A boat's wake comes from pushing water sideways, which is a very inefficient way to get around in the water. That's because, when it comes down to it, a boat's primary function is to stay afloat. Moving from place to place is secondary.

Most surfboards, skimboards, and related skimming equipment barely float at all. When surfers sit on their boards waiting for waves, their boards tend to be mostly under water.

Once they get moving, a surfboard or skimboard doesn't float so much as fly. That is, the board's buoyancy doesn't matter at all once the board is moving fast enough. What's important is the size of the board, or more specifically the surface area of the board. The more surface area available, the more lift the board will have. The more lift the board has, the slower you have to go to start skimming over the water instead of plowing through it.

The cool thing about skimboards, in contrast to all the other skimming sports, is that they also use another phenomenon to glide along. They benefit from something called the ground effect.

When skimming on a very thin layer of water, about a centimeter or so, the board pushes the water down but the ground gets in the way. Instead, it has to flow out toward the sides of the board. But water, like all fluids, resists flowing through small spaces. The term for this is viscosity. Molasses is very viscous and flows slowly, air is not very viscous and flows quickly, water is somewhere between the two.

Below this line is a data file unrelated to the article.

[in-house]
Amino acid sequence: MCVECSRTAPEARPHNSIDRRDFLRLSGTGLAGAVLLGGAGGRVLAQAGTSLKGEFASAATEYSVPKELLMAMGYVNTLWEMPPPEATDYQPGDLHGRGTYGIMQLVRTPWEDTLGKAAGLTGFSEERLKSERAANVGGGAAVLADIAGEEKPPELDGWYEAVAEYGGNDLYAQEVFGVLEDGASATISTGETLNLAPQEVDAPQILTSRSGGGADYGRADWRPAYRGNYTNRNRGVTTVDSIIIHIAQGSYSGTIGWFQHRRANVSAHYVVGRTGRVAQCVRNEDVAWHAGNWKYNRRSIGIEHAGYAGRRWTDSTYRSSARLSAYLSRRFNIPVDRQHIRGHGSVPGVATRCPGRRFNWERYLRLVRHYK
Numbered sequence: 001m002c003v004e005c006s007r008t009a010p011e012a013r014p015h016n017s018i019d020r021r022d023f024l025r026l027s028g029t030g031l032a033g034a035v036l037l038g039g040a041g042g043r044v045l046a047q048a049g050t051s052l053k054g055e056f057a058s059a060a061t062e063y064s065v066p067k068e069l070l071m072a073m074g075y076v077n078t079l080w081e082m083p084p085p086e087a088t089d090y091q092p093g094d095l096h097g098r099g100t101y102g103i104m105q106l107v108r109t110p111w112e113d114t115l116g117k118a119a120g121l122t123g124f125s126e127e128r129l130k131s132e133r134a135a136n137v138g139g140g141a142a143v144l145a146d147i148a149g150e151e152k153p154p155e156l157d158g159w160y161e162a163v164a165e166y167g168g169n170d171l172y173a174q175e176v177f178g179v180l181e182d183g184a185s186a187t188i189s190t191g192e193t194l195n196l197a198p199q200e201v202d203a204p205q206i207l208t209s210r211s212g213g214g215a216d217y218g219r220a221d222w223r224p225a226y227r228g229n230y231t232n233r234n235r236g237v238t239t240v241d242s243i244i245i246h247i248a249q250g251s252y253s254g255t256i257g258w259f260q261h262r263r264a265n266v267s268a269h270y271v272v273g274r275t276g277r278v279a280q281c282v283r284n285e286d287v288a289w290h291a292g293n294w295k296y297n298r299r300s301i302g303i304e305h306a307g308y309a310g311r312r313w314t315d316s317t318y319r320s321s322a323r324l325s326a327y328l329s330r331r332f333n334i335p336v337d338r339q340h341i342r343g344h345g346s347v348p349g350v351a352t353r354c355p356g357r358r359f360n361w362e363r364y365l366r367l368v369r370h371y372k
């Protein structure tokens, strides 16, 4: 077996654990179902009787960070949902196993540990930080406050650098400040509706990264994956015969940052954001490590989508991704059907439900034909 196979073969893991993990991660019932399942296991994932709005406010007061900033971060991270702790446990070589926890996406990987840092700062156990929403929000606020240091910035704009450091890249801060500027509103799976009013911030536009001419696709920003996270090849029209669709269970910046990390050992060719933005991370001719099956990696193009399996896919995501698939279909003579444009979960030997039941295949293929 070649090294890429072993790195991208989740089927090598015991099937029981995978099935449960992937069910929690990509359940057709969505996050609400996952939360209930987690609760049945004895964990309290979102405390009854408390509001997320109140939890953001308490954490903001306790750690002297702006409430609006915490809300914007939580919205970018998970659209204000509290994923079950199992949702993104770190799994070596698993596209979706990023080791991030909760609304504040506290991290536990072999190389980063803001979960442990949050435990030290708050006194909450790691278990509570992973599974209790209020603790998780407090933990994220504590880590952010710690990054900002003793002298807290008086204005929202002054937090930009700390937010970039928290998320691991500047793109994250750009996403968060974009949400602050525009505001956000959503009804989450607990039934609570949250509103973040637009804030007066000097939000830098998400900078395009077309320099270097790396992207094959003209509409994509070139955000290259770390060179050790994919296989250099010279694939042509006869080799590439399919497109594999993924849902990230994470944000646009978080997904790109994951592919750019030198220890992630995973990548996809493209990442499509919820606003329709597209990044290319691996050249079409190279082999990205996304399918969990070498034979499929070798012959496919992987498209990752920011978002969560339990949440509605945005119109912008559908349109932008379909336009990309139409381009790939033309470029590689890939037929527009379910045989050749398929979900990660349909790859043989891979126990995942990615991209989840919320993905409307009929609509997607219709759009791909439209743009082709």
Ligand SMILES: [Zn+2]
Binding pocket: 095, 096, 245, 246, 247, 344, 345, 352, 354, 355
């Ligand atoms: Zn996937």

Because of the ground effect, skimboarders can glide for a very long time over shallow water. As soon as they enter water more than a centimeter deep, the board acts like a surfboard instead of a skimboard.

The same thing happens to airplanes. When they are high up, they have lots of air below them, and they fly by pushing air down with their wings. When they come in for a landing, the air can't escape from under the wings and the plane begins to act like a skimboard on shallow water. Pilots are familiar with the ground effect. In fact, it helps when landing because it feels as though they are coming down on a cushion. On the other hand, if a novice pilot isn't prepared for the extra cushion of the ground effect, they can end up skimming over the runway and missing their landing altogether.

The ground effect makes skimboarding unique among extreme sports (or any other type of sport, as far as I know). No other sport takes advantage of this particular bit of physics.

So go skimming! It feels very cool to glide along on one of those things, and it gives you something fun to do at the beach when the waves are too small to surf.